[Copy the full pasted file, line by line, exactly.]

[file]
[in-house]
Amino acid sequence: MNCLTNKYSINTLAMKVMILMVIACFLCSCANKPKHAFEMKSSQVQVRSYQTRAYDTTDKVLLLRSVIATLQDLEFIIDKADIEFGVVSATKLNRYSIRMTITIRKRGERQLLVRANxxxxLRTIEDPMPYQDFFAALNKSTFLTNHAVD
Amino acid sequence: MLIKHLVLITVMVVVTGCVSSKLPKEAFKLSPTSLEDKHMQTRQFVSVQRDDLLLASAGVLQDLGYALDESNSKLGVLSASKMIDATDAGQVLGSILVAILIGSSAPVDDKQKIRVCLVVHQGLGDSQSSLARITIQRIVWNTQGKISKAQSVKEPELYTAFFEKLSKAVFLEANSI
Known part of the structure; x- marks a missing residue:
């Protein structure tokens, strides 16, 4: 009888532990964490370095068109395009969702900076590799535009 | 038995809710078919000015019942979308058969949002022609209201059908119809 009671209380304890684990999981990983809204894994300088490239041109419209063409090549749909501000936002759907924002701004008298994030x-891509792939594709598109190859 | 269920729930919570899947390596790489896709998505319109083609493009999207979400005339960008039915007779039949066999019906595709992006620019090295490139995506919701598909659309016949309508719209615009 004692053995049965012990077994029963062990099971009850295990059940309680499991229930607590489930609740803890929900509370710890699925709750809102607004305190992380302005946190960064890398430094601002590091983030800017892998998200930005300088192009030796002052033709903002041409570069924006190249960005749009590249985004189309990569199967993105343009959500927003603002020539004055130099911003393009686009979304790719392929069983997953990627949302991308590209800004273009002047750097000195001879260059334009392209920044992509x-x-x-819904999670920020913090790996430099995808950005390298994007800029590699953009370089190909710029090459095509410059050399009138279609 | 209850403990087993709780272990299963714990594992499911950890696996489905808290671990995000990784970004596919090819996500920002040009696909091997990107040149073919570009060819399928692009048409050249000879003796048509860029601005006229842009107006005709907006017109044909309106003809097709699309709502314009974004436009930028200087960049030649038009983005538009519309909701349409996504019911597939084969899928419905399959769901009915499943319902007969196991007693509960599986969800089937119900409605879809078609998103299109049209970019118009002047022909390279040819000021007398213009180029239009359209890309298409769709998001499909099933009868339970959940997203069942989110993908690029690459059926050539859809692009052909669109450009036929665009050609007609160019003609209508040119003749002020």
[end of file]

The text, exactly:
[in-house]
Amino acid sequence: MNCLTNKYSINTLAMKVMILMVIACFLCSCANKPKHAFEMKSSQVQVRSYQTRAYDTTDKVLLLRSVIATLQDLEFIIDKADIEFGVVSATKLNRYSIRMTITIRKRGERQLLVRANxxxxLRTIEDPMPYQDFFAALNKSTFLTNHAVD
Amino acid sequence: MLIKHLVLITVMVVVTGCVSSKLPKEAFKLSPTSLEDKHMQTRQFVSVQRDDLLLASAGVLQDLGYALDESNSKLGVLSASKMIDATDAGQVLGSILVAILIGSSAPVDDKQKIRVCLVVHQGLGDSQSSLARITIQRIVWNTQGKISKAQSVKEPELYTAFFEKLSKAVFLEANSI
Known part of the structure; x- marks a missing residue:
């Protein structure tokens, strides 16, 4: 009888532990964490370095068109395009969702900076590799535009 | 038995809710078919000015019942979308058969949002022609209201059908119809 009671209380304890684990999981990983809204894994300088490239041109419209063409090549749909501000936002759907924002701004008298994030x-891509792939594709598109190859 | 269920729930919570899947390596790489896709998505319109083609493009999207979400005339960008039915007779039949066999019906595709992006620019090295490139995506919701598909659309016949309508719209615009 004692053995049965012990077994029963062990099971009850295990059940309680499991229930607590489930609740803890929900509370710890699925709750809102607004305190992380302005946190960064890398430094601002590091983030800017892998998200930005300088192009030796002052033709903002041409570069924006190249960005749009590249985004189309990569199967993105343009959500927003603002020539004055130099911003393009686009979304790719392929069983997953990627949302991308590209800004273009002047750097000195001879260059334009392209920044992509x-x-x-819904999670920020913090790996430099995808950005390298994007800029590699953009370089190909710029090459095509410059050399009138279609 | 209850403990087993709780272990299963714990594992499911950890696996489905808290671990995000990784970004596919090819996500920002040009696909091997990107040149073919570009060819399928692009048409050249000879003796048509860029601005006229842009107006005709907006017109044909309106003809097709699309709502314009974004436009930028200087960049030649038009983005538009519309909701349409996504019911597939084969899928419905399959769901009915499943319902007969196991007693509960599986969800089937119900409605879809078609998103299109049209970019118009002047022909390279040819000021007398213009180029239009359209890309298409769709998001499909099933009868339970959940997203069942989110993908690029690459059926050539859809692009052909669109450009036929665009050609007609160019003609209508040119003749002020």